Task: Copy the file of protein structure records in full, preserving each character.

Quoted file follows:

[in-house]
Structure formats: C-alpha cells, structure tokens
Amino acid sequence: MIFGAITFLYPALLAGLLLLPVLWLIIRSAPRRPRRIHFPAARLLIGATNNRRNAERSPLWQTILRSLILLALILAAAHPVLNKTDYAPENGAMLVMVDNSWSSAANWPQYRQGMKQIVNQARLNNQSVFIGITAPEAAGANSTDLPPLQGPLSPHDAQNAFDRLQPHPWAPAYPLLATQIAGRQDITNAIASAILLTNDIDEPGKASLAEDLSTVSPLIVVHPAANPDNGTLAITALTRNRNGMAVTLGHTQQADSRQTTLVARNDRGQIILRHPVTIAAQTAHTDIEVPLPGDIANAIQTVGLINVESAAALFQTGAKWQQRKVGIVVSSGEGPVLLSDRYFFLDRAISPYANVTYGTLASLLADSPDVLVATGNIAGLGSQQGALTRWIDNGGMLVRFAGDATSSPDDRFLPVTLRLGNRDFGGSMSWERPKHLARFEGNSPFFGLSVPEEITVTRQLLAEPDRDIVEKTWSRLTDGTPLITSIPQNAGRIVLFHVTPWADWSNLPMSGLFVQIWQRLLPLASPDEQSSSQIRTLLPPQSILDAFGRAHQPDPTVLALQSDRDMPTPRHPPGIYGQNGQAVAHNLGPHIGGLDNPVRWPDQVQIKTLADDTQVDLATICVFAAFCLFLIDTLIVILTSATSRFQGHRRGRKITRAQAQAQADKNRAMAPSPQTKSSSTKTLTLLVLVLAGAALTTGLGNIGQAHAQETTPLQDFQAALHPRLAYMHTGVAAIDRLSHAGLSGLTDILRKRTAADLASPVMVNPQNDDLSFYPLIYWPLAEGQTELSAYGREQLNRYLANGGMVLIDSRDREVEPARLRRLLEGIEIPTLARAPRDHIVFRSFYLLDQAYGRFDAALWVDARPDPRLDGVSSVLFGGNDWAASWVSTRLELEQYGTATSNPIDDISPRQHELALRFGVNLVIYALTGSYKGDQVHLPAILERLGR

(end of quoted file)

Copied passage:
[in-house]
Structure formats: C-alpha cells, structure tokens
Amino acid sequence: MIFGAITFLYPALLAGLLLLPVLWLIIRSAPRRPRRIHFPAARLLIGATNNRRNAERSPLWQTILRSLILLALILAAAHPVLNKTDYAPENGAMLVMVDNSWSSAANWPQYRQGMKQIVNQARLNNQSVFIGITAPEAAGANSTDLPPLQGPLSPHDAQNAFDRLQPHPWAPAYPLLATQIAGRQDITNAIASAILLTNDIDEPGKASLAEDLSTVSPLIVVHPAANPDNGTLAITALTRNRNGMAVTLGHTQQADSRQTTLVARNDRGQIILRHPVTIAAQTAHTDIEVPLPGDIANAIQTVGLINVESAAALFQTGAKWQQRKVGIVVSSGEGPVLLSDRYFFLDRAISPYANVTYGTLASLLADSPDVLVATGNIAGLGSQQGALTRWIDNGGMLVRFAGDATSSPDDRFLPVTLRLGNRDFGGSMSWERPKHLARFEGNSPFFGLSVPEEITVTRQLLAEPDRDIVEKTWSRLTDGTPLITSIPQNAGRIVLFHVTPWADWSNLPMSGLFVQIWQRLLPLASPDEQSSSQIRTLLPPQSILDAFGRAHQPDPTVLALQSDRDMPTPRHPPGIYGQNGQAVAHNLGPHIGGLDNPVRWPDQVQIKTLADDTQVDLATICVFAAFCLFLIDTLIVILTSATSRFQGHRRGRKITRAQAQAQADKNRAMAPSPQTKSSSTKTLTLLVLVLAGAALTTGLGNIGQAHAQETTPLQDFQAALHPRLAYMHTGVAAIDRLSHAGLSGLTDILRKRTAADLASPVMVNPQNDDLSFYPLIYWPLAEGQTELSAYGREQLNRYLANGGMVLIDSRDREVEPARLRRLLEGIEIPTLARAPRDHIVFRSFYLLDQAYGRFDAALWVDARPDPRLDGVSSVLFGGNDWAASWVSTRLELEQYGTATSNPIDDISPRQHELALRFGVNLVIYALTGSYKGDQVHLPAILERLGR